Matters Economic

by wjw on November 9, 2018

I haven’t been posting here because I’ve been traveling, and either I was very busy or there wasn’t sufficient internet access, or there was no place to put my laptop so I could write on it.  (Amazing how many bedrooms have no chairs in them.  Or tables.  Or tables that aren’t completely filled with delicate bric-a-brac.)

Eventually I came down with stomach flu, sufficiently awful so that I actually had double vision; so I’ve been recovering from all that, and today’s the first day I’ve felt halfway human, but only halfway.

I came home to my copy of Locus magazine with Russell Letson’s complimentary review of The Accidental War, which I read after the double vision finally went away.   (Your takeaway: “I would not object to Williams following the model of Patrick O’Brian’s twenty-volume Aubrey-Maturin saga or CJ Cherry’s Foreigner series.  This world is capacious enough and its people complex enough to carry on indefinitely.”

Which is not quite true, but still very nice to read.

Letson (and most other reviewers) have noted the resemblance with 2008 of the financial collapse that kicks off the Accidental War in The Accidental War.

When writing TAW I didn’t actually spend a lot of time looking at the 2008 crisis, because I’d already planned my crisis well ahead of time.  Remember that I wrote that first series around the turn of the century, and I’d planned 9-12 volumes in total, and that I had a good idea what was going to happen in each one.  The second series was particularly well developed, because I’d intended sell it next.

So I didn’t have to look at the 2008 collapse, all I had to do was write what was in my original outline.  And remember that I described an economic crisis in The Rift, and had all that in mind, too.

Call me prescient if you like, but the fact is that one economic crisis is much like another,  Prior to the Second World War, they all pretty much ran like this:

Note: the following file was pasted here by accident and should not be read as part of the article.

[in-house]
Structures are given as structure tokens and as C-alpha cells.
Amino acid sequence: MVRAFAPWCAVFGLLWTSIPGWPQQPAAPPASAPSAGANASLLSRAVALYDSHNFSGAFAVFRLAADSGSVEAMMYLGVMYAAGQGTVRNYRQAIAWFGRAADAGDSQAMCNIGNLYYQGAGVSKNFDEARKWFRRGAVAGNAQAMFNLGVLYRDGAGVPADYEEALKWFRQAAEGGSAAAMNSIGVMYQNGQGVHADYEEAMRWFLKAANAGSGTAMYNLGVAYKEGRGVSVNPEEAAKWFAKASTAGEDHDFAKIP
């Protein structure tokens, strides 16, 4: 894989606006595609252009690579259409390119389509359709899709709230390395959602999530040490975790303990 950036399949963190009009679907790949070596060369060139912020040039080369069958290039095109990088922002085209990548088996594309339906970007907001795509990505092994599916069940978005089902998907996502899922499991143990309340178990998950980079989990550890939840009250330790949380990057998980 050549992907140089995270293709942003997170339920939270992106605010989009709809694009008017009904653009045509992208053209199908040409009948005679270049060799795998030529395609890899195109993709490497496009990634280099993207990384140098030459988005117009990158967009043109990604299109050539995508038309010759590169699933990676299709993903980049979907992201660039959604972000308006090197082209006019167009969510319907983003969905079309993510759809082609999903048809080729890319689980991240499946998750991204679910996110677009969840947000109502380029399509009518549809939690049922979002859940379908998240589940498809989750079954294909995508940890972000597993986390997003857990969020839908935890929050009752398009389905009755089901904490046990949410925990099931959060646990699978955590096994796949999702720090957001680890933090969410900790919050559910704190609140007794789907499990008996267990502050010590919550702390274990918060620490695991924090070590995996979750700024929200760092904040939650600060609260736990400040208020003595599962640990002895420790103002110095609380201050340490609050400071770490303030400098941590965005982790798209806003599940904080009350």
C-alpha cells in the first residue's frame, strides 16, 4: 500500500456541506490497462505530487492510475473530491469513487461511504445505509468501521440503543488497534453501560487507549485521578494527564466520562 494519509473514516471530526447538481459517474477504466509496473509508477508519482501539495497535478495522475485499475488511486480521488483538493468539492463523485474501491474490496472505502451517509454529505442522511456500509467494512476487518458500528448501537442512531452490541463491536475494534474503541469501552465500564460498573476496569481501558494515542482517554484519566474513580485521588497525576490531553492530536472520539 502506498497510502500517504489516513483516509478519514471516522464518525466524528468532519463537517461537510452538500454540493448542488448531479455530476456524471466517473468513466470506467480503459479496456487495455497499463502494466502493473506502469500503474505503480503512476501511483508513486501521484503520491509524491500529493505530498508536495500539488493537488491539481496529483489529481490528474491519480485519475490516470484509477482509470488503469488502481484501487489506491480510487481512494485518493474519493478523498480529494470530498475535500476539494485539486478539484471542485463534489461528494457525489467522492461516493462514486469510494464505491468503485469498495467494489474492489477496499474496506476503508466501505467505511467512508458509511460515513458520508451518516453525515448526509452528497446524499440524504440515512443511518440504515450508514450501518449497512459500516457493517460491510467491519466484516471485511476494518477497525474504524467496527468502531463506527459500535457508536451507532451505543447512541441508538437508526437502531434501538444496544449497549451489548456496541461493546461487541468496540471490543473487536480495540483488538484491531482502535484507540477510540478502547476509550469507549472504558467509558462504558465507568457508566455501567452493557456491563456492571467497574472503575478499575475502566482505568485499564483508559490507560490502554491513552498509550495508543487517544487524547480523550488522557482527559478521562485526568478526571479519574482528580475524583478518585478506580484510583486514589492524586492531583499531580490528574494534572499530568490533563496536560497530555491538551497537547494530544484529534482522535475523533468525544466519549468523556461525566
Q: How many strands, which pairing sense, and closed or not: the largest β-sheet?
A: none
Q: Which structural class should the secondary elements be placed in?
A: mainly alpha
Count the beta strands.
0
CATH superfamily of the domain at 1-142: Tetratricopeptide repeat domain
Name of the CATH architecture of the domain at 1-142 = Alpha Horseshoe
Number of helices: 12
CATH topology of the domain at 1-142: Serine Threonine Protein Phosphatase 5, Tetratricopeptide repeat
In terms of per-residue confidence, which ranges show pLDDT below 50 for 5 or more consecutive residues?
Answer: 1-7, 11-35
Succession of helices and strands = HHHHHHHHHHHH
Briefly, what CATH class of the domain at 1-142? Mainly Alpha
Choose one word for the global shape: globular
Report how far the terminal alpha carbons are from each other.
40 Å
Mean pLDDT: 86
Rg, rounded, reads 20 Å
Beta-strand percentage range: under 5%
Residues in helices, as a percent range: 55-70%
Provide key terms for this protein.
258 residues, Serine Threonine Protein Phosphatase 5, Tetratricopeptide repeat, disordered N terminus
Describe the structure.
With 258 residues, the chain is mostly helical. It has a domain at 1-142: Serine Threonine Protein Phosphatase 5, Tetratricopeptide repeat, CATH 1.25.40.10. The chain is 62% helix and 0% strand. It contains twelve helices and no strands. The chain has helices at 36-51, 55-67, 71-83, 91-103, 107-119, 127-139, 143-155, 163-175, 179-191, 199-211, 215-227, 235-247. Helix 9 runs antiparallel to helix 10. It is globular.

1.  Financial skullduggery or irrational optimism produces a bubble or bubbles, which burst.

2.  Investors, motivated by FIG (Fear, Ignorance, and Greed), stampede to pull their money out of the economy, as well as out of their banks, causing widespread economic collapse, or at least distress.

3.  The government, fearing inflation, restricts the money supply, causing a cascade of business and banking failures.

4.  Widows and orphans are thrown in large numbers onto ice floes to starve to death.

5.  After a decade or two of desolation and misery, things sort themselves out.

After 1945, the scenario ran as follows:

1.  Bubbles burst.

2.  Investors panic.

3.  The government hurls fistfuls of money at the problem, which eventually sorts itself out after a few years.

4. Fewer widows and orphans starve on ice floes.

5. The government writes off most of the money it gave to large institutions, and largely ignores its own increasing deficit.

The Shaa conquerors never having heard of John Maynard Keynes, the crisis in The Accidental War is the first type, not the second.  The main damage isn’t caused by the bursting of the bubble, which is just a correction, but by the government deciding to restrict currency flows, which results in some businesses being unable to get the money necessary to continue in operation, and that wave of collapse triggers more currency restrictions, and so on.